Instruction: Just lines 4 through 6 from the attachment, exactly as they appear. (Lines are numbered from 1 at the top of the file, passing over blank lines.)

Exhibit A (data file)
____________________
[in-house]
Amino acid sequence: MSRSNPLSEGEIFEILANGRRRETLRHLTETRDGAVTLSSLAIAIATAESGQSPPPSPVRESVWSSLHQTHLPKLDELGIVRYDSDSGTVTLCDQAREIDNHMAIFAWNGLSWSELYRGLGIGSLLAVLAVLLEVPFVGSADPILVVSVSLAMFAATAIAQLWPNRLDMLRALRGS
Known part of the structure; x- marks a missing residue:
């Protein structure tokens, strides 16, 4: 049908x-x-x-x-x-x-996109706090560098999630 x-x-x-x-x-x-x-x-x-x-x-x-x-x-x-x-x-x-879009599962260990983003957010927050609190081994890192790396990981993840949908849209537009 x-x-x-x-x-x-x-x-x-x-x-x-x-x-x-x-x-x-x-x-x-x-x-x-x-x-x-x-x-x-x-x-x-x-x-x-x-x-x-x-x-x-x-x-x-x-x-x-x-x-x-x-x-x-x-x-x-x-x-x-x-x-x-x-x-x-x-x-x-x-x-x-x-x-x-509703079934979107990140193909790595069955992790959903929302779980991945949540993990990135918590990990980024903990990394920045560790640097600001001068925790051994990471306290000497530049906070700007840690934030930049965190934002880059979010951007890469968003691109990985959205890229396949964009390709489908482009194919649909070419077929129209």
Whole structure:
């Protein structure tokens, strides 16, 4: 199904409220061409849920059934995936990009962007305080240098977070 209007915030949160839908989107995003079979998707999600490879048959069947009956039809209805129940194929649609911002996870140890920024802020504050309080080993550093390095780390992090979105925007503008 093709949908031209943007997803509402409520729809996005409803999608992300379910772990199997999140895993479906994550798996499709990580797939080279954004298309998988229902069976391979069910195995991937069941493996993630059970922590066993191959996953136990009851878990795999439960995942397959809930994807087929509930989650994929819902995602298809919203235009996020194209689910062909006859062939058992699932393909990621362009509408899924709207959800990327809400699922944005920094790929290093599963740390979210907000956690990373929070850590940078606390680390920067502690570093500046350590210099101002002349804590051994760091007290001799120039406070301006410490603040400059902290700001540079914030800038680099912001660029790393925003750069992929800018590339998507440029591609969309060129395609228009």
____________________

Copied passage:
């Protein structure tokens, strides 16, 4: 049908x-x-x-x-x-x-996109706090560098999630 x-x-x-x-x-x-x-x-x-x-x-x-x-x-x-x-x-x-879009599962260990983003957010927050609190081994890192790396990981993840949908849209537009 x-x-x-x-x-x-x-x-x-x-x-x-x-x-x-x-x-x-x-x-x-x-x-x-x-x-x-x-x-x-x-x-x-x-x-x-x-x-x-x-x-x-x-x-x-x-x-x-x-x-x-x-x-x-x-x-x-x-x-x-x-x-x-x-x-x-x-x-x-x-x-x-x-x-x-509703079934979107990140193909790595069955992790959903929302779980991945949540993990990135918590990990980024903990990394920045560790640097600001001068925790051994990471306290000497530049906070700007840690934030930049965190934002880059979010951007890469968003691109990985959205890229396949964009390709489908482009194919649909070419077929129209």
Whole structure:
């Protein structure tokens, strides 16, 4: 199904409220061409849920059934995936990009962007305080240098977070 209007915030949160839908989107995003079979998707999600490879048959069947009956039809209805129940194929649609911002996870140890920024802020504050309080080993550093390095780390992090979105925007503008 093709949908031209943007997803509402409520729809996005409803999608992300379910772990199997999140895993479906994550798996499709990580797939080279954004298309998988229902069976391979069910195995991937069941493996993630059970922590066993191959996953136990009851878990795999439960995942397959809930994807087929509930989650994929819902995602298809919203235009996020194209689910062909006859062939058992699932393909990621362009509408899924709207959800990327809400699922944005920094790929290093599963740390979210907000956690990373929070850590940078606390680390920067502690570093500046350590210099101002002349804590051994760091007290001799120039406070301006410490603040400059902290700001540079914030800038680099912001660029790393925003750069992929800018590339998507440029591609969309060129395609228009």